Skip Navigation LinksHome > December 15, 2002 - Volume 27 - Issue 24 > Posterior Stabilization at the Cervicothoracic Junction: A B...
Spine:
Biomechanics

Posterior Stabilization at the Cervicothoracic Junction: A Biomechanical Study

Kreshak, Jennifer L. MD*; Kim, Daniel H. MD†; Lindsey, Derek P. MS‡; Kam, Andrew C. MD§; Panjabi, Manohar M. PhD*; Yerby, Scott A. PhD‡∥¶

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Abstract

Study Design. This study biomechanically evaluated three fixation devices for stability with posterior two- and three-column injuries.

Objectives. To find an effective means of posteriorly stabilizing injuries at the cervicothoracic junction.

Summary of Background Data. The cervicothoracic spine is complex anatomically and has been a difficult challenge in approach and stabilization of traumatic and degenerative disorders.

Methods. Twenty-one human cadaveric spines (C3–T3) were loaded in flexion, extension, lateral bending, and axial torsion. A posterior two-column injury was created at C7–T1. One of three posterior fixation systems was applied (two rod–screw systems, one plate–screw system, all with screws at C5, C6 and T1, T2). The spines were tested again. A three-column injury was created by transecting the remaining anterior structures; the spines were tested a final time.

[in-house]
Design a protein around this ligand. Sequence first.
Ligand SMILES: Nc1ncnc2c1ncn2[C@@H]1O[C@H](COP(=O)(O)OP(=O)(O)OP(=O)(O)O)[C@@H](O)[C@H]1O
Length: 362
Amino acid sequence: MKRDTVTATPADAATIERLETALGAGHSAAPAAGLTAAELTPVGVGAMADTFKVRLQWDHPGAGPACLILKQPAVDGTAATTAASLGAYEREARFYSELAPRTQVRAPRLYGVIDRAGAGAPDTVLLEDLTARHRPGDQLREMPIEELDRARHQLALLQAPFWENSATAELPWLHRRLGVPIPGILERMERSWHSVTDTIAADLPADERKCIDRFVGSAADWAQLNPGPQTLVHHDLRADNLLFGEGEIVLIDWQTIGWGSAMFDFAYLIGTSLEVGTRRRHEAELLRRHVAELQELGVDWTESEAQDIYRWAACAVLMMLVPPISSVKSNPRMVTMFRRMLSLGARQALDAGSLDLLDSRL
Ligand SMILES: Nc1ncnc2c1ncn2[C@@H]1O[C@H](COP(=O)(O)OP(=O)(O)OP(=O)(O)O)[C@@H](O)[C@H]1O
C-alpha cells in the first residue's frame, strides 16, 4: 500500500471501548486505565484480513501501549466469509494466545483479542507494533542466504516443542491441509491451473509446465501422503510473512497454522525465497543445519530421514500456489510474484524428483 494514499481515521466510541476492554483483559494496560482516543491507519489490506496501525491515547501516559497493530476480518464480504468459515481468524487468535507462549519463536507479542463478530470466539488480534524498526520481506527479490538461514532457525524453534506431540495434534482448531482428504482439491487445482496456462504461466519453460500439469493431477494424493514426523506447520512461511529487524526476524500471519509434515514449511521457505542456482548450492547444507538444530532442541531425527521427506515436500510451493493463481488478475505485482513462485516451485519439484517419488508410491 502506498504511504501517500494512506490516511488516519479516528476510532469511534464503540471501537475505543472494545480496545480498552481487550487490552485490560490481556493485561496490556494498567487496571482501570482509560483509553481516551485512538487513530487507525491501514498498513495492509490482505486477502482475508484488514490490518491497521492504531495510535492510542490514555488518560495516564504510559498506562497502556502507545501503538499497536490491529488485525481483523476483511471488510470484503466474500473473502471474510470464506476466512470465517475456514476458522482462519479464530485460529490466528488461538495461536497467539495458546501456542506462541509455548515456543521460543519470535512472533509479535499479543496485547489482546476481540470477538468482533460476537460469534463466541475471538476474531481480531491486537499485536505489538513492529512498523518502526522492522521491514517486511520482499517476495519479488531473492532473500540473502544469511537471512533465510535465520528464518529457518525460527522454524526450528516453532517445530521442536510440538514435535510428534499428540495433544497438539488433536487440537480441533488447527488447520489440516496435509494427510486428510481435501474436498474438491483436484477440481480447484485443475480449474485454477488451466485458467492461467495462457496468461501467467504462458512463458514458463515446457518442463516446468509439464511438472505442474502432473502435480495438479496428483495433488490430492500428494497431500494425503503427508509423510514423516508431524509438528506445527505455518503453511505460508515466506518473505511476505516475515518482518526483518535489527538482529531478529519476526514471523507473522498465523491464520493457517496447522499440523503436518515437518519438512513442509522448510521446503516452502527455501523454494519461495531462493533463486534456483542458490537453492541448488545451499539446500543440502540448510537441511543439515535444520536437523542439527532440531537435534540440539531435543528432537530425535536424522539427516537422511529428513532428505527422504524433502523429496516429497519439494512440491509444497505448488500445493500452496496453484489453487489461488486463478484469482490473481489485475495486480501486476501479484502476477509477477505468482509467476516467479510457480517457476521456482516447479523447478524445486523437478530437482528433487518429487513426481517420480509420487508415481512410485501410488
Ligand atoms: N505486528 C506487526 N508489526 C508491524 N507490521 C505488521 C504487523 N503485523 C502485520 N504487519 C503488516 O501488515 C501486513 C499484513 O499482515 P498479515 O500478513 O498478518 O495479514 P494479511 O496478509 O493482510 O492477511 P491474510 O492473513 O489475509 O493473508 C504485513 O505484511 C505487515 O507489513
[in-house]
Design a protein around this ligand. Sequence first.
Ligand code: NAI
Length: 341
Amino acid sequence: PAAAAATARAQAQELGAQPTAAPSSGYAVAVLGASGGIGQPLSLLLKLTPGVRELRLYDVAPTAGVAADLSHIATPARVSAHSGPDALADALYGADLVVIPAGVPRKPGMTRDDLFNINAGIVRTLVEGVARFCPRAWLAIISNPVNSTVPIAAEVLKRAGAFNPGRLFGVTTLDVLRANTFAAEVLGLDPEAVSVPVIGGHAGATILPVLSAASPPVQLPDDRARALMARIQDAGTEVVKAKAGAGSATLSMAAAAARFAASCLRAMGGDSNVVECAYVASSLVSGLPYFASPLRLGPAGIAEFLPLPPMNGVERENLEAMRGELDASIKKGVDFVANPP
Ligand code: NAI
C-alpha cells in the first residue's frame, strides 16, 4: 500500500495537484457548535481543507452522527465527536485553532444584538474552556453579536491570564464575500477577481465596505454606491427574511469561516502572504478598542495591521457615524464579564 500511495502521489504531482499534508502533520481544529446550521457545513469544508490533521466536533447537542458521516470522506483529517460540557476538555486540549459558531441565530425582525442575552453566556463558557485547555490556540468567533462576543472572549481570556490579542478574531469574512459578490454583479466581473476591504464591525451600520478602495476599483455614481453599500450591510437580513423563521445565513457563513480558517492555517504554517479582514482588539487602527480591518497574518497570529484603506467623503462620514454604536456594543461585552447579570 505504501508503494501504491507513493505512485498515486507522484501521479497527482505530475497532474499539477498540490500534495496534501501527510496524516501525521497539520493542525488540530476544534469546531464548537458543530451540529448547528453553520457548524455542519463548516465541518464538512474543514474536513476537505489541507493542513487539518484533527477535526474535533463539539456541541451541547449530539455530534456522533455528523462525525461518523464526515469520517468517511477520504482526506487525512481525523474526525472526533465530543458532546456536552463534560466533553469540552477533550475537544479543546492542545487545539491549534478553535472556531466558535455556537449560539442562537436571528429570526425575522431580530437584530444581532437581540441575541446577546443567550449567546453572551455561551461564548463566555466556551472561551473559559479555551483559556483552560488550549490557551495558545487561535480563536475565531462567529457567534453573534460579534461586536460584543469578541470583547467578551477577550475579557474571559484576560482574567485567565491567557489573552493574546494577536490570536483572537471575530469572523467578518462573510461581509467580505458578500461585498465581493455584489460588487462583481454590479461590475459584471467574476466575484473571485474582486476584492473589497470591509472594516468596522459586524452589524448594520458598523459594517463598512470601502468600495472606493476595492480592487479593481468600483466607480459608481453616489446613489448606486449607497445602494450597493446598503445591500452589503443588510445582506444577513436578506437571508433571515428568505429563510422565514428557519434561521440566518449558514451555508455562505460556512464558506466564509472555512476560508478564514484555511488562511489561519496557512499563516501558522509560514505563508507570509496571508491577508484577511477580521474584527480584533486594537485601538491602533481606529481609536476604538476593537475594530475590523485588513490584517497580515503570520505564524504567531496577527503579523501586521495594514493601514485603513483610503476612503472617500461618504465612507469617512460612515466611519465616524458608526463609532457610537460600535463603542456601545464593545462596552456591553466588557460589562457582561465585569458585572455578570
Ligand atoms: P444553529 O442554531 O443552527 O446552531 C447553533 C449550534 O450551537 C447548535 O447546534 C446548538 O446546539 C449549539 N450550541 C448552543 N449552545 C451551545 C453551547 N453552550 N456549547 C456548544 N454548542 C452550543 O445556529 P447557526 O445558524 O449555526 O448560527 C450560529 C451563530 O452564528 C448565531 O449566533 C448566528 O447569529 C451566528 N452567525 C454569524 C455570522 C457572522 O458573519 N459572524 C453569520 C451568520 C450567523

Results. In flexion–extension, there were no significant differences in stiffness between intact and instrumented two-column injury specimens for all systems; the instrumented three-column injury was significantly (P < 0.05) less stiff than intact specimens in extension. Ranges of motion and neutral zones decreased from intact to instrumented two-column injuries and increased from intact to three-column constructs. In lateral bending and axial rotation, all systems were stiffer than intact spines for both injuries; ranges of motion and neutral zones were reduced for both injuries compared with intact specimens.

Conclusion. All three systems stabilize the cervicothoracic junction with a posterior two-column injury in flexion–extension, lateral bending, and axial rotation; none was adequate for a three-column injury, particularly in extension. A three-column injury at this level would warrant supplemental anterior fixation.

© 2002 Lippincott Williams & Wilkins, Inc.

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